Saturday night should provide a good barometer just how much, if any, improvement Texas has made now that Robinson has a full week to prepare UT’s defense.
Kansas State, Keys to Victory:
1. Win the battle of special teams. The Wildcats generally excel in this area with Tyler Lockett (4 career kickoff returns) and Tramaine Thompson (95 yard kick return vs. ULL) doing most of the damage. With this game figuring to be tight throughout, a big return or simply winning the field position battle could be the difference.
2. Balancing the QB rotation. Jake Waters played almost entirely in the opener but backup Daniel Sams has seen increased action over the past two weeks. Sams, however, figures to see an even greater workload against Texas given his running ability, that is, until Texas proves they can stop it. Balancing a QB rotation can be a delicate situation and how Snyder decides to use each will play a big factor against a struggling Texas defense.
3. Land the first punch. Texas is a team that could use a big boost of confidence and K-State can ill afford to give them any early on. If Kansas State can start hot, will Texas respond or start thinking “here we go again?”
Texas, Keys to Victory:
1. Brown joked this week that if Kansas State doesn’t run the read option, they’d be adding it to their arsenal – nice to see the coach still has a sense of humor – given that Texas has yet to have any success in defending it. Well, Kansas State does run it (and usually better than most) so it goes without saying, if Texas can’t shut down Daniel Sams when he’s in the game, it’s going to be another long night in Austin.
2. Limit mistakes. Bill Snyder coached teams feast on other teams shooting themselves in the foot. This is a game Texas can and even “should” win, but not if they beat themselves. Put the ball on the turf or give K-State easy first downs via a penalty and you play right into Snyder's hands. There's really no need to be generous because you know full well Snyder's team won't return the favors.
3. The offense needs to show up for four quarters. Whether it is Ash, McCoy, or even Tyrone Swoops running the Longhorns’ offense, they need to move the chains consistently and put the ball in the end zone when they have the chance. The Wildcats are young and inexperienced on defense so Texas should have plenty of opportunities for success. Everyone wants to talk about UT’s struggling defense, but if their offense shows up to play, they will beat the K-State for the first time since 2006.
When it comes down to it, both of these teams are still looking for an identity. Texas is coming off two tough losses that have the fan base calling for people’s heads. For Kansas State, this is their first real opportunity to prove they have indeed put the season opening loss to North Dakota State in the rear view mirror.
Will the Longhorn’s defense make its first appearance of the season? It almost pains me to say this after watching them past two weeks, but I’m guessing this is the week they finally play better, or at least well enough to win the game.
This will be Kansas State quarterback – junior college transfer Jake Waters – first time on a football field with the type of athletes UT possesses. While he's generally played well overall, he’s already thrown five interceptions against the likes of NDSU, ULL, and UMass, so the Longhorns secondary should have a chance at a couple of their own.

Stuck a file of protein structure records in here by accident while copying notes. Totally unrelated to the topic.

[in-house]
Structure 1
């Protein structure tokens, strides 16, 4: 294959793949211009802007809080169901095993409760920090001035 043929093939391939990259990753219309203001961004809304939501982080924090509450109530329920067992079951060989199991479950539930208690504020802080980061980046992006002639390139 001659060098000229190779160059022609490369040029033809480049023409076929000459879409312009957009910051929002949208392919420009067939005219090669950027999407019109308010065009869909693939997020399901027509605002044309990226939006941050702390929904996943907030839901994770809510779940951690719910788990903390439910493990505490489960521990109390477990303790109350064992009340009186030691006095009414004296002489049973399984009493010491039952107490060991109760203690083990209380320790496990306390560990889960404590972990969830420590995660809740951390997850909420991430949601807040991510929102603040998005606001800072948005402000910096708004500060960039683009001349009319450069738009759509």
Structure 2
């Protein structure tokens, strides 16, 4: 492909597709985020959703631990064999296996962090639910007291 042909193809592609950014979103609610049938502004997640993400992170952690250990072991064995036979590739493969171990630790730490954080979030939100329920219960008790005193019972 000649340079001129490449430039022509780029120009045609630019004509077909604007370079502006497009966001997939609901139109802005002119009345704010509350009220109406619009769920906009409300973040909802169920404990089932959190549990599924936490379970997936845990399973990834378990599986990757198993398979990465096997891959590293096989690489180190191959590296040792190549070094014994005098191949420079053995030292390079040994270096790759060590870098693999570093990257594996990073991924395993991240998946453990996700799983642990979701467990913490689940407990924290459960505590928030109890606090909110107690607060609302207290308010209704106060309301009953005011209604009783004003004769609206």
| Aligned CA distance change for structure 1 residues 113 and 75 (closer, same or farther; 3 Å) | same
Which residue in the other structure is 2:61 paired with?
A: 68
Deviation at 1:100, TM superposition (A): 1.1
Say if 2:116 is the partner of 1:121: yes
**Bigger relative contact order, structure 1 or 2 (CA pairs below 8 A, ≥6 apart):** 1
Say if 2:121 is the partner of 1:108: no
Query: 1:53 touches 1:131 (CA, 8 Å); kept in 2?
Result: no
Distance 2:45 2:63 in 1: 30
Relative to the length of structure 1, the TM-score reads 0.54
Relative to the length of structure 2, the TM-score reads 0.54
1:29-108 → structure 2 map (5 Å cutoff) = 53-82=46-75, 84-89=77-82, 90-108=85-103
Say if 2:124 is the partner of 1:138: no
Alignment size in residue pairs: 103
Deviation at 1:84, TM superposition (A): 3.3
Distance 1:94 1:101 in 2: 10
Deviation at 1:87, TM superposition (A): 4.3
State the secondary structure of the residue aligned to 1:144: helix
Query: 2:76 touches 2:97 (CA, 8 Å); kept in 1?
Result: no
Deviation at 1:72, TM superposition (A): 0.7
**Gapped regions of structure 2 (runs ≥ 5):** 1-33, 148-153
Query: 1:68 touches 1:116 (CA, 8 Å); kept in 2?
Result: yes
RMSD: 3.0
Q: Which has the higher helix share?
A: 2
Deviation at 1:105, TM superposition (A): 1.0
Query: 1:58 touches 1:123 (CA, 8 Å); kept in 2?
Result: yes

It all comes down to shutting slowing down Sams, John Hubert, and Robert Rose in the running game. That’s a gigantic “if” given what we’ve seen out of Texas thus far, especially since Snyder is a wizard at orchestrating ground games that hit a defense where it’s weakest.
Assuming the Longhorns' defense shows up with a pulse, the biggest key in this game is going to be the play of their offense. Get the running game going, throw together a couple long drives, and don’t turn the ball over.
So what gives?
Kansas State will do their damage on the ground, but it still won’t be enough… because… KSU will struggle to keep Texas’ offense off the field. I’d expect Texas to rush for over 200 yards and add another 250 through the air on their way to their first Big 12 victory of the season.
I very well may regret saying this, but Mack Brown might actually get a decent night’s sleep this weekend. Texas 40 Kansas State 32.
October is Breast Cancer Awareness Month but if you've looked ahead at Texas' schedule, you'll notice the Longhorns don't have a home game the entire month. A bye week, the neutral site game with Oklahoma, and trips to Ames and Fort Worth mean that after this weekend's game with Kansas State, the Longhorns won't play in Austin again until November 2nd.
Due to the upcoming schedule, Texas has decided to get a jump start in honoring the fight against Breast Cancer by donning a bit of pink this Saturday.
Per the Texas Equipment team's twitter feed, here's a look at what you can expect to see when you tune in Saturday night on ABC as they play their first Big 12 game of the season.
Added Cancer Awareness decals to the helmets for this week's game pic.twitter.com/7QHQJCNhP8— UTexas Equipment (@UTexasEquipment) September 19, 2013
|Oklahoma @ Oklahoma State 11:00, ABC
|Texas @ Baylor 2:30, FOX
General College Football